Stars: Bessie Love and Johnnie Walker
She's Ginger Bolivar and she runs a travelling theatrical troupe called the Bolivar Players, even though her dad Jasper thinks he does. He merely owns it and makes something of an effort to produce its productions, while she does everything important, from pasting up posters to playing the leading lady and everything in between. She even does the hiring and firing, often at the last minute out behind the show tent, and that's how she comes to pick up Don Wilson by accident. He's one of the biggest Broadway stars of the day, though she doesn't recognise him outside of his customary blackface, and he only gets caught up in her net because he's broken down out in the sticks and is trying to find his garage man to fix his car.
Wilson is played by Johnnie Walker, Columbia's answer to Al Jolson but who appears more like a silent cross between Michael Keaton and Nick Cave. We have no idea how well he sings given that this is an example of the most bizarre film genre ever, the silent musical, but apparently he's pretty good at it. Certainly he didn't last once sound arrived, only managing two uncredited appearances later than 1931 after an important silent career. Here there's no sound so Don Wilson is talented enough to have become the matinee idol of the title, receiving five hundred letters a day, all from women. To Ginger, of course, he's merely some local hack called Harry Mann who almost ruins her show, so she promptly fires him. As he's already fallen for her, he conjures up a scheme by which he can pursue her, persuading his producer Arnold Wingate to sign up the Bolivar Players for his theatre, just so long as she keeps the cast intact.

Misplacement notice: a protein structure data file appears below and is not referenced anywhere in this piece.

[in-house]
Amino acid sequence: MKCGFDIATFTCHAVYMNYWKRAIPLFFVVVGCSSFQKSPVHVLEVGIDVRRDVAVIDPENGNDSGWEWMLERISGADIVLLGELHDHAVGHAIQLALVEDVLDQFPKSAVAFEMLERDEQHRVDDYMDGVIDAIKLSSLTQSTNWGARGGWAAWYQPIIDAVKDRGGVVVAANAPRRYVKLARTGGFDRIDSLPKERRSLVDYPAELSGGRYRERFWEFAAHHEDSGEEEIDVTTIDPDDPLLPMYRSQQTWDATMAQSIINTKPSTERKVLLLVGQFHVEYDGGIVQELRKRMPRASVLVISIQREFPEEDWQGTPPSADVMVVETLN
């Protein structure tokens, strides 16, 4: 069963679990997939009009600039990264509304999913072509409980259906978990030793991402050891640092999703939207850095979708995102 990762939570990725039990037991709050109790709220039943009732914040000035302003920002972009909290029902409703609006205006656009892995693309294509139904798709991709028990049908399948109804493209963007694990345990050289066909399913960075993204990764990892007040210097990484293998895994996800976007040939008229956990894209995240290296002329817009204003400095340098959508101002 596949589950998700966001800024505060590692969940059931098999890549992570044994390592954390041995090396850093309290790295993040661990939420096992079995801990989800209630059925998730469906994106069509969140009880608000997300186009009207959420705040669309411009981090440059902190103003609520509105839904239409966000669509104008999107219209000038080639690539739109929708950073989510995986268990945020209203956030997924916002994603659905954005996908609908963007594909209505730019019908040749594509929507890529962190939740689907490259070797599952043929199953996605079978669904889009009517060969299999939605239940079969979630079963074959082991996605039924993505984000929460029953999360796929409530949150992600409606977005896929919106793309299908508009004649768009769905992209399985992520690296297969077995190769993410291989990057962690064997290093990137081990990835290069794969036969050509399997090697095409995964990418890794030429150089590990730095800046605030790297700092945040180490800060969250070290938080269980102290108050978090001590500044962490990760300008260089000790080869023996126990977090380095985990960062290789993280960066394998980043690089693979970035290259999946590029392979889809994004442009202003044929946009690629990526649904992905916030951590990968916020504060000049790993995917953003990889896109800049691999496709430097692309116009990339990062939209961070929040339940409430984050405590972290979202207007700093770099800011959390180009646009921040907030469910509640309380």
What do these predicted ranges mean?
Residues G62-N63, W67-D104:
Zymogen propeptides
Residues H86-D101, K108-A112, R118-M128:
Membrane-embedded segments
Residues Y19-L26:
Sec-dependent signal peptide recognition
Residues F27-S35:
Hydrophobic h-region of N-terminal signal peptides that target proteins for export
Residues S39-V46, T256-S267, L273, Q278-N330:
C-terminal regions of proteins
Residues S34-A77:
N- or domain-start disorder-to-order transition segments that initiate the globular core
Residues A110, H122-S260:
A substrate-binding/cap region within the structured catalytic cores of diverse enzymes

Of course we have two utterly incompatible approaches here. Wingate only picks up this troupe for the comedy value, effectively putting on the 1928 Broadway stage the theatrical equivalent of Plan 9 from Outer Space but without letting the Bolivars in on the joke. Meanwhile Wilson, whose idea it was to begin with, realises on opening night that 'breaking her heart to get a few laughs isn't funny'. It comes close to that too, the results being hilariously funny and heartwrenchingly sad all at once. Bessie Love is amazing here, as both a dramatic actress and a comedienne, even if we can't hear her voice. What are you fools laughing at?' she cries at the end of her troupe's disastrous Broadway appearance. 'This isn't comedy.'
Actually it's that and much more but mostly because of her. Johnnie Walker is decent but nothing special and other supporting actors are likewise, very much hamming up their stereotypes for the camera. As a Frank Capra film it really doesn't suggest much, as indeed the next few films of his that I've seen don't suggest much either. After The Matinee Idol came six other films that I haven't seen from 1928, then the disappointing The Younger Generation. With one more gap for a 1929 film I haven't seen, it's on to the dire Flight, the average Ladies of Leisure (with Walker in a smaller role) and the not much better Rain or Shine, which is presaged here by the Bolivar Players putting up posters for their version of it. Only by 1931 does Capra seem to have picked up the pace with Dirigible, The Miracle Woman and Platinum Blonde pointing the way to a seriously bright future to come.